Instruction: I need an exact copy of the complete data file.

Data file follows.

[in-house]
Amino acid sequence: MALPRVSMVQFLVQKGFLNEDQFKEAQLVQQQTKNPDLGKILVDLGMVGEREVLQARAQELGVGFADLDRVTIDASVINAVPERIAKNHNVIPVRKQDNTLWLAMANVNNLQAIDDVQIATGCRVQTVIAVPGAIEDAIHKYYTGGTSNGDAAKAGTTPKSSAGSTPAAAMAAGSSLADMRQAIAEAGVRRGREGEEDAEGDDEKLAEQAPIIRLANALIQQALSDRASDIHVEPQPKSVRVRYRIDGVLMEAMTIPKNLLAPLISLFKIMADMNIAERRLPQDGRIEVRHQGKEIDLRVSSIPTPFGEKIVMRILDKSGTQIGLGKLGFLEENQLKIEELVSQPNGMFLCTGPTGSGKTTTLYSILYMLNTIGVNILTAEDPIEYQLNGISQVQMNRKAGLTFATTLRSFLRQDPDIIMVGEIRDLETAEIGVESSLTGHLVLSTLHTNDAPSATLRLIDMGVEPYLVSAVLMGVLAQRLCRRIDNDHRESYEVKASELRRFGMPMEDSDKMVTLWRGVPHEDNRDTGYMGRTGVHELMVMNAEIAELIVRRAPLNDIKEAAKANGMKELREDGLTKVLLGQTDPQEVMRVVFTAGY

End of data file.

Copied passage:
[in-house]
Amino acid sequence: MALPRVSMVQFLVQKGFLNEDQFKEAQLVQQQTKNPDLGKILVDLGMVGEREVLQARAQELGVGFADLDRVTIDASVINAVPERIAKNHNVIPVRKQDNTLWLAMANVNNLQAIDDVQIATGCRVQTVIAVPGAIEDAIHKYYTGGTSNGDAAKAGTTPKSSAGSTPAAAMAAGSSLADMRQAIAEAGVRRGREGEEDAEGDDEKLAEQAPIIRLANALIQQALSDRASDIHVEPQPKSVRVRYRIDGVLMEAMTIPKNLLAPLISLFKIMADMNIAERRLPQDGRIEVRHQGKEIDLRVSSIPTPFGEKIVMRILDKSGTQIGLGKLGFLEENQLKIEELVSQPNGMFLCTGPTGSGKTTTLYSILYMLNTIGVNILTAEDPIEYQLNGISQVQMNRKAGLTFATTLRSFLRQDPDIIMVGEIRDLETAEIGVESSLTGHLVLSTLHTNDAPSATLRLIDMGVEPYLVSAVLMGVLAQRLCRRIDNDHRESYEVKASELRRFGMPMEDSDKMVTLWRGVPHEDNRDTGYMGRTGVHELMVMNAEIAELIVRRAPLNDIKEAAKANGMKELREDGLTKVLLGQTDPQEVMRVVFTAGY